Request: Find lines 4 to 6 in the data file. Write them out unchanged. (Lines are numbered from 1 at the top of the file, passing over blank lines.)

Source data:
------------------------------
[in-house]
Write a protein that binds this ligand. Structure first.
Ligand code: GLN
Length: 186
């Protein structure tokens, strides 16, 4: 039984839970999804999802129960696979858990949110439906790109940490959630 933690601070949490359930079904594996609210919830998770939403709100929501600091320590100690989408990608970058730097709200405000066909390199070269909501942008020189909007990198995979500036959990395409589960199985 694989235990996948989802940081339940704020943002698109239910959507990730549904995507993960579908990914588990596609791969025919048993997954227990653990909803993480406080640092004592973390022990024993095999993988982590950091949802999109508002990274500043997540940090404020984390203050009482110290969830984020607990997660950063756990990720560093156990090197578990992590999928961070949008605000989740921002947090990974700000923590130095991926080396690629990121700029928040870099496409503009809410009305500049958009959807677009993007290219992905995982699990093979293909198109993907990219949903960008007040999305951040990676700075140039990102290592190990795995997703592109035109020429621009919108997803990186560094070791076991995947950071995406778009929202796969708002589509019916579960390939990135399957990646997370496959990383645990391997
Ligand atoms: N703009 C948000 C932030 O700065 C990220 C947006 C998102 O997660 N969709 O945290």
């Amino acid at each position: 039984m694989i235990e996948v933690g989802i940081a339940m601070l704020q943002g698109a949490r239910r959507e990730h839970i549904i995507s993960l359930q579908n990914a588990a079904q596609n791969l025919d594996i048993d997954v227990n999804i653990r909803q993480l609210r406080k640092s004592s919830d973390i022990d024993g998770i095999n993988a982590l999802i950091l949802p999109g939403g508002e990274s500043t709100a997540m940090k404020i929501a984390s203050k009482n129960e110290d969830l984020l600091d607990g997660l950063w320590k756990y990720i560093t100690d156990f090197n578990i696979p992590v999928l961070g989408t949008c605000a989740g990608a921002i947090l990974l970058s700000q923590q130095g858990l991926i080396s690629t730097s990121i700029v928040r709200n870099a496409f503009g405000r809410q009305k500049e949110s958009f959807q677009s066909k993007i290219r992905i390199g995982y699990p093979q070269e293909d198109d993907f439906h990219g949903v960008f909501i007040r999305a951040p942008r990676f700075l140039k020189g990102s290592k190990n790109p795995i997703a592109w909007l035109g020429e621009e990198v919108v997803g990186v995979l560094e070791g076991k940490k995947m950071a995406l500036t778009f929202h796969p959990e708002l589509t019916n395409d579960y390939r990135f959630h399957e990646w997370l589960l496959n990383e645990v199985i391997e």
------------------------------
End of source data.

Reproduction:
Length: 186
């Protein structure tokens, strides 16, 4: 039984839970999804999802129960696979858990949110439906790109940490959630 933690601070949490359930079904594996609210919830998770939403709100929501600091320590100690989408990608970058730097709200405000066909390199070269909501942008020189909007990198995979500036959990395409589960199985 694989235990996948989802940081339940704020943002698109239910959507990730549904995507993960579908990914588990596609791969025919048993997954227990653990909803993480406080640092004592973390022990024993095999993988982590950091949802999109508002990274500043997540940090404020984390203050009482110290969830984020607990997660950063756990990720560093156990090197578990992590999928961070949008605000989740921002947090990974700000923590130095991926080396690629990121700029928040870099496409503009809410009305500049958009959807677009993007290219992905995982699990093979293909198109993907990219949903960008007040999305951040990676700075140039990102290592190990795995997703592109035109020429621009919108997803990186560094070791076991995947950071995406778009929202796969708002589509019916579960390939990135399957990646997370496959990383645990391997
Ligand atoms: N703009 C948000 C932030 O700065 C990220 C947006 C998102 O997660 N969709 O945290």